# etrie

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A Fast and Memory-Efficient HAT-Trie Implementation Based on [Tessil hat-trie][1] (NIF based). Learn more about the HAT-Trie data structure [here][2].

## Implementation Details

- The `etrie` data structure reference should be operated from the same process where it was created to avoid concurrent operations.
- An `etrie` reference is garbage-collected by the Erlang VM when there is no longer any reference to it. References can be stored, passed between processes on the same node, and stored in an ETS table.
- Methods such as `new/1`, `from_list/1`, `from_list/2`, `to_list/1` are implemented as dirty NIFs to handle large lists efficiently and prevent Erlang scheduler blocking.
- `etrie` stores the HAT-Trie values of types such as atoms, numeric, or binary strings as native data (`uint64`, `int64`, or `double` for numeric data, `uint64` for atoms and `std::string` for binary strings). The other data types like lists, tuples, etc., the storage is done by encoding the value using `erlang:term_to_binary`, which may contribute to additional CPU usage and memory consumption. It's essential to note that beside the data type itself there is some other additional overhead introduced by the wrappers and the use of `std::variant` (a C++ type-safe `union`) but should be insignificant.

### Notes

- The library provides an efficient and compact way to store a map of strings by compressing common prefixes. It also allows searching for keys that match a prefix.
- The default parameters are optimized for exact searches. If you perform many prefix searches, consider adjusting the **burst threshold** `(default to 16384)` through the `*_burst_threshold` methods or during structure creation.
- Keys must be binary strings, and the maximum key size is limited to `65534` bytes.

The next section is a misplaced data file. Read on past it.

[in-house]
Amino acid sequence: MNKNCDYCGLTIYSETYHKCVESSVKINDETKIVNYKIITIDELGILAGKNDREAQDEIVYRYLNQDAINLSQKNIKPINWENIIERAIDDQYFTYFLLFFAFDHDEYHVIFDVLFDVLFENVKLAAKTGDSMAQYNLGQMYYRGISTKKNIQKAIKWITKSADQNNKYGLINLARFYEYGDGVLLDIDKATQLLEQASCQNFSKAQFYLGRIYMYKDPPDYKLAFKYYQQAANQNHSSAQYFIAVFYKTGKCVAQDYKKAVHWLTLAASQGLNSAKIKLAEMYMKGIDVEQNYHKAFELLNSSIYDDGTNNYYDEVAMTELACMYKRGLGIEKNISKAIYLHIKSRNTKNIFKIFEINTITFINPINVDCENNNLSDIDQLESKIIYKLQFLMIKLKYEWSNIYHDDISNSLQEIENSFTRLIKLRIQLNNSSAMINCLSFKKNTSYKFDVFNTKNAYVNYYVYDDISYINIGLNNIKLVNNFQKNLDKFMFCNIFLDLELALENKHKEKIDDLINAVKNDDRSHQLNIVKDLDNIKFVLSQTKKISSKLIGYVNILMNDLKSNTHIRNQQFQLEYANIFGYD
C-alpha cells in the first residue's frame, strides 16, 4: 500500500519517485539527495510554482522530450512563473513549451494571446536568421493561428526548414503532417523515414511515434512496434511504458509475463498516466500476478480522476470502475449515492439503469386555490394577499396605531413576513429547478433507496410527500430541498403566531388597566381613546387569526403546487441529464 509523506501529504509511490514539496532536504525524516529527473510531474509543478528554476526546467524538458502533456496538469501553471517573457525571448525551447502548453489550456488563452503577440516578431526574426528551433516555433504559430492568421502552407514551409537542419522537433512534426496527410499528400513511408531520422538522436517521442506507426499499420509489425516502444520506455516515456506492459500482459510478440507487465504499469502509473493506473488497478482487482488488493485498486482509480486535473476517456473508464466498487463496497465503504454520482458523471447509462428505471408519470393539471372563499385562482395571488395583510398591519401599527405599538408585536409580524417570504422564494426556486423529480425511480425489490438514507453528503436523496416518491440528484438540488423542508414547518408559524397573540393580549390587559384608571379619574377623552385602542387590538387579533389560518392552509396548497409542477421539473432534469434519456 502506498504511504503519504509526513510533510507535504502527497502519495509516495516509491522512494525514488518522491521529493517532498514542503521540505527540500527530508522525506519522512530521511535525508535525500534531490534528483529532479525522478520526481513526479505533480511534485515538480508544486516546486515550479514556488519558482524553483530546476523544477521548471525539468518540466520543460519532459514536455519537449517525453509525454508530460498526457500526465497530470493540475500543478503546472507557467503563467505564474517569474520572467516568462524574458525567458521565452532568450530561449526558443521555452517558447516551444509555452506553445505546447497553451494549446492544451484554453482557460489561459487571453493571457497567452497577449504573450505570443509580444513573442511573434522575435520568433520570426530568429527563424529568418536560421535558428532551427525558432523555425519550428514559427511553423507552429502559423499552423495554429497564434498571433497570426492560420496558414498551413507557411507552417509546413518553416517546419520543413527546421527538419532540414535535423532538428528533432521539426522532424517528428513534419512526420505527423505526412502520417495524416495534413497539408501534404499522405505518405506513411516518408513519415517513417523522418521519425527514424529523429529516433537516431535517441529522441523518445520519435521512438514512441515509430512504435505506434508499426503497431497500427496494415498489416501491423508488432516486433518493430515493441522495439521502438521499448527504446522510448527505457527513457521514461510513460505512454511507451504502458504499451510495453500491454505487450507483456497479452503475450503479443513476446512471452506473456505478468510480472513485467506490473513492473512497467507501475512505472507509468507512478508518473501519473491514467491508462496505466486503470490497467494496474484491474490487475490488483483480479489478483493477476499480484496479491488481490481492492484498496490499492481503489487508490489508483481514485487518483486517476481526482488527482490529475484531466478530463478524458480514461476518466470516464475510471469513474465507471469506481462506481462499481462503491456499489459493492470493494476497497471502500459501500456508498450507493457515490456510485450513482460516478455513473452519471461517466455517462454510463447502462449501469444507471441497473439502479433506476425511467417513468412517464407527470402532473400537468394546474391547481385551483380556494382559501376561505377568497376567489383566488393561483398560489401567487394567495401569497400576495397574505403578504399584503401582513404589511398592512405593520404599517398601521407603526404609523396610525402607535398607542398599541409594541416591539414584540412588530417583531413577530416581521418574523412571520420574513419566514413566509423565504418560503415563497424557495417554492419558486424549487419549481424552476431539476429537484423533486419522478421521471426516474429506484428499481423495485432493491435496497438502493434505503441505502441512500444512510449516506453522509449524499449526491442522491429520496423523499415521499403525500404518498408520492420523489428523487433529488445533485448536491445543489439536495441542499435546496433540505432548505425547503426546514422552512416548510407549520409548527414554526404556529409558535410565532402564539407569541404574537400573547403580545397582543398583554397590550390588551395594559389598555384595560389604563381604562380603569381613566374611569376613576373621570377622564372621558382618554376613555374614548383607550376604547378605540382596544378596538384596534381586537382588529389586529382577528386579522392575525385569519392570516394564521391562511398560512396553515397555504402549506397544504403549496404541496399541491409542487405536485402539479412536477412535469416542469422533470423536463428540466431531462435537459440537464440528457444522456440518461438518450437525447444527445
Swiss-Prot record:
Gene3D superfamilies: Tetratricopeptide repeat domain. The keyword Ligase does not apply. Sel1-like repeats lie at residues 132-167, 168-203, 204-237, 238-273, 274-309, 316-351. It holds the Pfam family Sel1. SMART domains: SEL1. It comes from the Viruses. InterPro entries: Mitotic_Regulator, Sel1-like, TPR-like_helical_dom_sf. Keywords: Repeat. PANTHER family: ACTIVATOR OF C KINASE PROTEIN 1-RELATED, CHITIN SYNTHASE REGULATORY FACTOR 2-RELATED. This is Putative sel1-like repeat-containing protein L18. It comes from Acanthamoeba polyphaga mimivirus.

- The capacity of the HAT-Trie is restricted to a maximum of `4294967296` items.
- Due to the limitations of the NIF API, references returned from other NIFs are encoded using `term_to_binary/1`. If you do not store a reference to these externally, there is a possibility that they may be subject to garbage collection. It is important to note that references to `etrie` objects are appropriately managed.

## Quick Start

Ensure you have at least Erlang OTP 19.0, as `enif_binary_to_term` and `enif_term_to_binary` are not available in previous versions.


rebar3 compile

Simple usage:

{ok, T} = etrie:new(),
ok = etrie:insert(T, <<"one">>, 1),
ok = etrie:insert(T, <<"two">>, 2),
ok = etrie:insert(T, <<"three">>, 3),
ok = etrie:insert(T, <<"four">>, 4),
{ok,[{<<"four">>,4}, {<<"two">>,2}, {<<"three">>,3}, {<<"one">>,1}]} = etrie:to_list(T),
{ok, 4} = etrie:lookup(T, <<"four">>),
{ok,[{<<"two">>,2},{<<"three">>,3}]} = etrie:lookup_range(T, <<"t">>),
{ok, <<"three">>, 3} = etrie:longest_prefix(T, <<"three tables">>).

## API

- `new()` - Creates a new HAT-Trie instance.
- `new(BurstThreshold)` - Creates a new HAT-Trie instance with a specified `burst_threshold`.
- `from_list(Items)` - Creates a new HAT-Trie from a proplist.
- `from_list(Items, BurstThreshold)` - Creates a new HAT-Trie from a proplist with a specified `burst_threshold`.
- `to_list(Ref)` - Returns all items from the HAT-Trie as a proplist.
- `insert(Ref, Key, Value)` - Adds a new item to the HAT-Trie.
- `remove(Ref, Key)` - Removes an item with a specified key from the HAT-Trie.
- `remove_prefix(Ref, Key)` - Removes all items with a specified prefix from the HAT-Trie.
- `clear(Ref)` - Removes all items from the HAT-Trie.